Students learn about the dangers of binge drinking


Binge drinking and hazing is a problem on college campuses and Colorado State University-Pueblo is working to educate students and prevent tragedy from happening, according to Stephanie Arellano, CSU-Pueblo interim alcohol and other drug education program coordinator.

Arellano said the Thursday, Sept. 24 GordieDay event was a great way to educate students about the dangers of binge drinking.  Arellano said the event, held at the Occhiato University Center and in Residence Hall, inspired students to wear green arm bands, and read literature emphasizing the dangers of alcohol and hazing.  She also said students watched videos in which experts spoke about the dangers of alcohol abuse and hazing on college and university campuses.

Arellano said GordieDay is named after college freshman Lynn Gordon Bailey, Jr., who died from alcohol poisoning during a fraternity initiation at the University of Colorado- Boulder in September 2004.  Michael and Leslie Lanahan started the Gordie Foundation in honor of their son, she said.

Students should check on friends if they pass out or show erratic behavior, Arellano said.  The green GordieCheck card, provided by the foundation and distributed to students, emphasizes these signs of alcohol poisoning.  A person who passes out, vomits, has seizures, irregular breathing, is confused or has pale skin may have alcohol poisoning and needs immediate medical attention, she said.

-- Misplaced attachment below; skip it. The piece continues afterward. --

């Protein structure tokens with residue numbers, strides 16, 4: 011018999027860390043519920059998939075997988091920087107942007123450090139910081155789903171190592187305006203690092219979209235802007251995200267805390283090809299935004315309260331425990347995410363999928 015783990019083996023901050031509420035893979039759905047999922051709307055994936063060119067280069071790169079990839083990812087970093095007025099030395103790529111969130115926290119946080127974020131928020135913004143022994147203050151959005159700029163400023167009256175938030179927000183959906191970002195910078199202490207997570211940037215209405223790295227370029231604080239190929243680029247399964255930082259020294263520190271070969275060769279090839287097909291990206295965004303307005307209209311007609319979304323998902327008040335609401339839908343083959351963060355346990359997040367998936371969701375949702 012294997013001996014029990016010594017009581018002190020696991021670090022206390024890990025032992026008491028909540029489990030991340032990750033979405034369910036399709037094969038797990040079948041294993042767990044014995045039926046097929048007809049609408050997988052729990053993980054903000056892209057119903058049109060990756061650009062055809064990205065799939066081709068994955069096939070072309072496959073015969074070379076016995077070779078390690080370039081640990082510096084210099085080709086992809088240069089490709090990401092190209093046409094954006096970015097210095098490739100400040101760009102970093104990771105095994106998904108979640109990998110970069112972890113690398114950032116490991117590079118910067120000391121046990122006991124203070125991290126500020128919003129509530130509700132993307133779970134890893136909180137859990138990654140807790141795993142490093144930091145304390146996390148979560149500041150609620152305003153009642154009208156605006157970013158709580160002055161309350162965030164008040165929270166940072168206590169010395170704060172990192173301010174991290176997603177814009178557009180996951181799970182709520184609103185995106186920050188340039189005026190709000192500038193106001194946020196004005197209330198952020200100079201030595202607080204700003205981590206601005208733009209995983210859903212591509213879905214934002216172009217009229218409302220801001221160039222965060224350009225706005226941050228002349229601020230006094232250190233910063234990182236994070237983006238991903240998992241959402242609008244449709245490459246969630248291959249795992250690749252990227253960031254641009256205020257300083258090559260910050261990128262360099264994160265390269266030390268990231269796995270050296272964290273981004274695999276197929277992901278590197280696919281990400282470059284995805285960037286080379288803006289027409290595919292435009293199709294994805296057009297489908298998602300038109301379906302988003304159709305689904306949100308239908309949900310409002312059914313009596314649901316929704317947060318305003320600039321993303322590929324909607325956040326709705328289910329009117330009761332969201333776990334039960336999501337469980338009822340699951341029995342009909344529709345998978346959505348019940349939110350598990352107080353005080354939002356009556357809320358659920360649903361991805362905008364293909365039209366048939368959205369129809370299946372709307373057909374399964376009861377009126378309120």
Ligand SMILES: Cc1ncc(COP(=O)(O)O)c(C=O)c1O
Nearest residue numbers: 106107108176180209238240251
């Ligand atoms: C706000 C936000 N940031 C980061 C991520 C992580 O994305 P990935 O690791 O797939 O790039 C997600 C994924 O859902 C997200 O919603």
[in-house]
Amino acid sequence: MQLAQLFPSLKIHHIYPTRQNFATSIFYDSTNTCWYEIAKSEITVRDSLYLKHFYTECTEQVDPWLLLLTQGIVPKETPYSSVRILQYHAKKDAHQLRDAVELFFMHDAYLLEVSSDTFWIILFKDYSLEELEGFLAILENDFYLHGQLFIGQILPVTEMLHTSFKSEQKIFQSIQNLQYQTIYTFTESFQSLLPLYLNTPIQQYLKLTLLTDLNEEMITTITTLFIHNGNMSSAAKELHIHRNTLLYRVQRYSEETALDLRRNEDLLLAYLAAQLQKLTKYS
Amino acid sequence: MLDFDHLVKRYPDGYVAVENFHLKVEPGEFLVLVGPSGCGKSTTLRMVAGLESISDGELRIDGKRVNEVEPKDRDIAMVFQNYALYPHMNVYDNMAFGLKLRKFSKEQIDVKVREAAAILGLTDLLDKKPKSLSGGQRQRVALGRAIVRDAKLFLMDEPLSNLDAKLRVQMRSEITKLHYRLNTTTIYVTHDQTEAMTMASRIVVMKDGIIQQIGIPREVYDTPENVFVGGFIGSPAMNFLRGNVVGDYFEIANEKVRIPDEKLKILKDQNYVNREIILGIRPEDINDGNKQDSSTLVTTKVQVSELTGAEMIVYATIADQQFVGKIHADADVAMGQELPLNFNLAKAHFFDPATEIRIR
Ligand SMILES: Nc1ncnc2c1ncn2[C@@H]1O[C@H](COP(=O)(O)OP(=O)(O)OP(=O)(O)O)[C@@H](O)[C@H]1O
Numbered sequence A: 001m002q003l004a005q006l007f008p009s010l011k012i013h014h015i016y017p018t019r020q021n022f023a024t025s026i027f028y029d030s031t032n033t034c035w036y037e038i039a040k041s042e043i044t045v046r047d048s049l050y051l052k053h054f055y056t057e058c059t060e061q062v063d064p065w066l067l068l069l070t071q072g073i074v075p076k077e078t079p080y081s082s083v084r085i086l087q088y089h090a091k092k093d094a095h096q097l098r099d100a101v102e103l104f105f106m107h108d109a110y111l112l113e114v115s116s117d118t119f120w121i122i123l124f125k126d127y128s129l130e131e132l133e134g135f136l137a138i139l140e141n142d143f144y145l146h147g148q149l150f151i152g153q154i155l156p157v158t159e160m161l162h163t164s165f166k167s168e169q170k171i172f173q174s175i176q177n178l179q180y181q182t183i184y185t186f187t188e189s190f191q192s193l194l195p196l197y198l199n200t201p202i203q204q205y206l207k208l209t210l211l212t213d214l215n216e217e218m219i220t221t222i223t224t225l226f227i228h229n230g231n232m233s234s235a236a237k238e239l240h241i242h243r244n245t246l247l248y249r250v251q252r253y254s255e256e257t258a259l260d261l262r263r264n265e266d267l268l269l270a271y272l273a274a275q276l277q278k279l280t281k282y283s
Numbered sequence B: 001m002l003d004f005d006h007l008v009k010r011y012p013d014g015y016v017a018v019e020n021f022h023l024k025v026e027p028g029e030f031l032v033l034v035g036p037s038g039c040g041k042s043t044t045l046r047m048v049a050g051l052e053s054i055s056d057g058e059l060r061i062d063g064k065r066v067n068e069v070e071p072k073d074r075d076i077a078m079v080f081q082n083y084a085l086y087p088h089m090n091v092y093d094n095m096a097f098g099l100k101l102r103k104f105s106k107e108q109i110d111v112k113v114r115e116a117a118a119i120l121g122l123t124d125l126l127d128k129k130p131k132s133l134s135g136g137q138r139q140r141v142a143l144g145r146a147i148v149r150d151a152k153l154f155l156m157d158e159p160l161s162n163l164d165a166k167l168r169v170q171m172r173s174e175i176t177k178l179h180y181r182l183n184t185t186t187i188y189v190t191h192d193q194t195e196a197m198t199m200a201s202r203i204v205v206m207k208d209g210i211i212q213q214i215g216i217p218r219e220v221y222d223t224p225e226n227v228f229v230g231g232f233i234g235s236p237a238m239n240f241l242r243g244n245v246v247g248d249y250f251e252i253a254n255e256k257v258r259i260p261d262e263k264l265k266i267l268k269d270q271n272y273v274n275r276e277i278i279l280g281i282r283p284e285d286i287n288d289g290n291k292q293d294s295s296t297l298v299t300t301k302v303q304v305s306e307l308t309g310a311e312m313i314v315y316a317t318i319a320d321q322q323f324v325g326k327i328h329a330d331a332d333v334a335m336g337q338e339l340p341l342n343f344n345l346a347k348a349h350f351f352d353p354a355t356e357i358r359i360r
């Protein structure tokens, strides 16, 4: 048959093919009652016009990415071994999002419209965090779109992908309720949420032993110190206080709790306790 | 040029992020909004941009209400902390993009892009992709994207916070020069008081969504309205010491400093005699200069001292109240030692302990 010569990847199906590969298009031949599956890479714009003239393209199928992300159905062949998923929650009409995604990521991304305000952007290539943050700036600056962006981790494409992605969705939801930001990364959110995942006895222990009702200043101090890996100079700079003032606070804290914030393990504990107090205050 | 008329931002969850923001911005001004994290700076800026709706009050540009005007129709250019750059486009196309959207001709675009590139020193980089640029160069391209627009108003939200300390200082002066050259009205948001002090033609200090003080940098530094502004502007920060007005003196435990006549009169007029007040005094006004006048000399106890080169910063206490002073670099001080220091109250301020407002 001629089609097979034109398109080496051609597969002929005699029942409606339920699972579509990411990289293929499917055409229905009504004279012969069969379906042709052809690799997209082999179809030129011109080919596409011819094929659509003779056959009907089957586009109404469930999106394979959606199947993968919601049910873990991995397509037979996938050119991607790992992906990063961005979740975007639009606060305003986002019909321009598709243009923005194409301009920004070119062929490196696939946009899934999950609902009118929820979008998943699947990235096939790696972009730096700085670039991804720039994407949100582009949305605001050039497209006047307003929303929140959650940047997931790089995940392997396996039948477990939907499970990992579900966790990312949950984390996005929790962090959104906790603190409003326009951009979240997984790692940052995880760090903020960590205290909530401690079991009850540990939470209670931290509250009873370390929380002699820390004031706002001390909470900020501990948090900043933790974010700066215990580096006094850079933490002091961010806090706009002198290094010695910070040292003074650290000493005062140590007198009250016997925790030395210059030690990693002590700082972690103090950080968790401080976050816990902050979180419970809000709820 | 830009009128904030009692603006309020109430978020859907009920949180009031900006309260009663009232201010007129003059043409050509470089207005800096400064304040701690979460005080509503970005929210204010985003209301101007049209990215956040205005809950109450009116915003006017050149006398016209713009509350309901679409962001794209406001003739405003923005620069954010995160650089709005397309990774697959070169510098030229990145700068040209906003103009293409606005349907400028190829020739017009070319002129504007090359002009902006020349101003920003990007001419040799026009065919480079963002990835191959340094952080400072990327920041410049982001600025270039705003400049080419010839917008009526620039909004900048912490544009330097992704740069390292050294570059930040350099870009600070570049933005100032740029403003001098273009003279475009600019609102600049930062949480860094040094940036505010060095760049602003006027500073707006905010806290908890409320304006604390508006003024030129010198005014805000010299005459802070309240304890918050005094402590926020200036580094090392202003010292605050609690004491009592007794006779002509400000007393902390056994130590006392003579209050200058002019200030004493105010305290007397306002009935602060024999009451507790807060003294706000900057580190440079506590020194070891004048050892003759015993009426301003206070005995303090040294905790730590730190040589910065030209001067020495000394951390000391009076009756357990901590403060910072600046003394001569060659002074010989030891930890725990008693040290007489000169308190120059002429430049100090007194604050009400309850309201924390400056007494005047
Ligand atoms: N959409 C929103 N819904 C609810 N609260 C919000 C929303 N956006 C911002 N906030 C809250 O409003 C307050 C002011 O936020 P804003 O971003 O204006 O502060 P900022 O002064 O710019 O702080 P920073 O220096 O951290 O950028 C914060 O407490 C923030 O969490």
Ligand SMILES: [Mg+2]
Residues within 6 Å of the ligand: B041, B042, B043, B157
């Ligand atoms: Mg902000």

The GordieCheck card notes, “Your friends can die from alcohol poisoning.  Get help when necessary.  Save a life.  Make the call.”

Jacob Ayers, a history major and social chair for Lambda Chi Alpha, said he and his fraternity brothers drink but not to excess.  He said he and his fraternity brothers don’t allow hazing, and confiscates drinks from and monitors drunken students.

“No one gets hurt at our parties,” Ayers said, “and we make sure everyone who drinks is 21 years old.”

According to a brochure published by the Bacchus Network, a student health organization, students are drinking heavily and too quickly, and are becoming statistics.  The Bacchus Network claims students play an effective role in encouraging their peers to develop responsible habits and attitudes toward high-risk health and safety issues.

Arellano said CSU-Pueblo hopes to enforce binge drinking and hazing policies by partnering with all campus fraternities and sororities.

“This event will have been a success if we could get at least one student to think about the consequences binge drinking brings,” Arellano said.